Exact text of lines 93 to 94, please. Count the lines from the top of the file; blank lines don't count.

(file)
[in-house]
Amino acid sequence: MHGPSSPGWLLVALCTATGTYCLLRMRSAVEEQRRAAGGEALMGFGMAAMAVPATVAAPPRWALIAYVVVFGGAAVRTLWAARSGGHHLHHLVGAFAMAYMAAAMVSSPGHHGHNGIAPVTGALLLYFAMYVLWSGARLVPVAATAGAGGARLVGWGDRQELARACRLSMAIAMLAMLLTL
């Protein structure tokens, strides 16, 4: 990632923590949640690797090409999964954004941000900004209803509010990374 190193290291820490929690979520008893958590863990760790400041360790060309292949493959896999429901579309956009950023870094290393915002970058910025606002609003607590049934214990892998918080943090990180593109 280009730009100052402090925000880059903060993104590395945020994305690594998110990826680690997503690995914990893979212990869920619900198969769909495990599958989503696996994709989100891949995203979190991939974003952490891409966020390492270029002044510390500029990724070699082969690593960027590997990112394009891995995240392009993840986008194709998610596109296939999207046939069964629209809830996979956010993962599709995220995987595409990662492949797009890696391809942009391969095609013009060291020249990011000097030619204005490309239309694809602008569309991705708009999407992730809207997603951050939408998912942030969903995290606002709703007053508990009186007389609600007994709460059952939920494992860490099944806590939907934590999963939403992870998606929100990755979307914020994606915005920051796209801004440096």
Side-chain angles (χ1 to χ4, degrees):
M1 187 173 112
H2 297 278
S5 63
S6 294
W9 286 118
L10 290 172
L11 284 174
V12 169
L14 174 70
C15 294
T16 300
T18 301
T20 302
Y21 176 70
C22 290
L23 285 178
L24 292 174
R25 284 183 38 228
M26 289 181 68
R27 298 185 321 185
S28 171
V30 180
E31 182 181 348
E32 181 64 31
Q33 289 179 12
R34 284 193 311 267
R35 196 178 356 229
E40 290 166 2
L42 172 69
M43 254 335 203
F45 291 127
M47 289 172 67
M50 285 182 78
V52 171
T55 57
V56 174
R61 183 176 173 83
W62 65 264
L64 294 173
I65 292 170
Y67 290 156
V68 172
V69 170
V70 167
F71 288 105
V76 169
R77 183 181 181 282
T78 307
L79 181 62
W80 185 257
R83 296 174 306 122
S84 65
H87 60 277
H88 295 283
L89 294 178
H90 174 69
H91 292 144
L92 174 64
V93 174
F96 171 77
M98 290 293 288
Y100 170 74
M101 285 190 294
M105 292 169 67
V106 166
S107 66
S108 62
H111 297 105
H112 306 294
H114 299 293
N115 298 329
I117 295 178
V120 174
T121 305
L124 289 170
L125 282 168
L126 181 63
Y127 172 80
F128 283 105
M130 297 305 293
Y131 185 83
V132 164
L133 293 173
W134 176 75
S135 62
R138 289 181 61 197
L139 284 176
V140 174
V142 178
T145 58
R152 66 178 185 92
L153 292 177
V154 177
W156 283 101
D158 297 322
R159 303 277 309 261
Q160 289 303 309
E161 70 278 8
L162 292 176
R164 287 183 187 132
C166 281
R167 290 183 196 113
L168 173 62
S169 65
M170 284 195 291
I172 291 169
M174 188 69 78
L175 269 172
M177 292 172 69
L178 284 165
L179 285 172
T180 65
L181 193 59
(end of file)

V142 178
T145 58